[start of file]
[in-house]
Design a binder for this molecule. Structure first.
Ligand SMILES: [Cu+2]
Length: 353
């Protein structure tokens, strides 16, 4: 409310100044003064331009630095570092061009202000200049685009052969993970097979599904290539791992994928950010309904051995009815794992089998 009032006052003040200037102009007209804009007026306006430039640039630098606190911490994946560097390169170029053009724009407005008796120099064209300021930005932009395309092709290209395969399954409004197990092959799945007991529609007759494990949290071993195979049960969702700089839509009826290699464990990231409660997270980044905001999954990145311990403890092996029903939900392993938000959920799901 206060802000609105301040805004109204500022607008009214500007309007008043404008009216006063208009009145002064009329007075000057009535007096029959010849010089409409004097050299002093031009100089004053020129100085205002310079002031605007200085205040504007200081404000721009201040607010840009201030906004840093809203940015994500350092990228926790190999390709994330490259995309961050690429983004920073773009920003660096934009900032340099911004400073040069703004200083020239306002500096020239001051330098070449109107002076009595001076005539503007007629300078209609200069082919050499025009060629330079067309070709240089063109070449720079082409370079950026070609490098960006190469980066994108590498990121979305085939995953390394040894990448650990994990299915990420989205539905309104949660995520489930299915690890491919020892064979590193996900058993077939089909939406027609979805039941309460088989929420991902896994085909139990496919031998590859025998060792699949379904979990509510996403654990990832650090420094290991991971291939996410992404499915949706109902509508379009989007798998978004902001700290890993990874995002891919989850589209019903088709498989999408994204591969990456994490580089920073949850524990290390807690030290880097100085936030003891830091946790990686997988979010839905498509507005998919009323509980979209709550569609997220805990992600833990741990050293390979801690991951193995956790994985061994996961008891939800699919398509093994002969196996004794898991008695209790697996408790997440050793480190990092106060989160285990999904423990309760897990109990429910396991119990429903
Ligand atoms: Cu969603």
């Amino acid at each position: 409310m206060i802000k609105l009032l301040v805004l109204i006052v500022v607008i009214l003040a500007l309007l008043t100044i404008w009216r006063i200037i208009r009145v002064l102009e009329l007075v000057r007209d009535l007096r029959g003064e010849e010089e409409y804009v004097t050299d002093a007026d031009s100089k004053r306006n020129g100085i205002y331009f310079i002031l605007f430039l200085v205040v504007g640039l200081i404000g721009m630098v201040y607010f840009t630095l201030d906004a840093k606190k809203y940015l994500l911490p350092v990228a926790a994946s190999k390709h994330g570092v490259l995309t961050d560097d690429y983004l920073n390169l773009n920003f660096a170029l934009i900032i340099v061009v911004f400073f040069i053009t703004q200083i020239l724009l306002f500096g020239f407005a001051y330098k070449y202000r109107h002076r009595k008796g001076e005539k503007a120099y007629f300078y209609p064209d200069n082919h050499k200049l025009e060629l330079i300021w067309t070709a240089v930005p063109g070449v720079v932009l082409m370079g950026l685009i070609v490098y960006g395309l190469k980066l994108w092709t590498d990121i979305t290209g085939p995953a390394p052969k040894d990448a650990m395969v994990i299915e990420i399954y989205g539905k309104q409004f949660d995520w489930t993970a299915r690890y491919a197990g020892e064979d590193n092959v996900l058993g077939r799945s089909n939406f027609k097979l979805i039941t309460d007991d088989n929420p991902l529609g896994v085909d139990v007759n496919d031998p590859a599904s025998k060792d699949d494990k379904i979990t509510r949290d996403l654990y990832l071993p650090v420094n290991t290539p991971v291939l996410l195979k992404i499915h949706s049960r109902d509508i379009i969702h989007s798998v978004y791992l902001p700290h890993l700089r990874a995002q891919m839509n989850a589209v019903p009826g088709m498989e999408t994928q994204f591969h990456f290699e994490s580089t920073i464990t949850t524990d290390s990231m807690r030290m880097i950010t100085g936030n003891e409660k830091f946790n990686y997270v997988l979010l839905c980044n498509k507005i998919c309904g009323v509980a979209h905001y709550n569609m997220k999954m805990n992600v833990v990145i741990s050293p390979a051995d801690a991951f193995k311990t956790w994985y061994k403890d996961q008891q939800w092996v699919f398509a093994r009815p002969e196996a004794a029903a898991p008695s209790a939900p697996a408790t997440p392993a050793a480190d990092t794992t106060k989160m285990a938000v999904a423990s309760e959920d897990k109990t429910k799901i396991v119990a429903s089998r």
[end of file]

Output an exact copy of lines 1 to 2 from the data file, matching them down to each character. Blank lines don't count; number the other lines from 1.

[in-house]
Design a binder for this molecule. Structure first.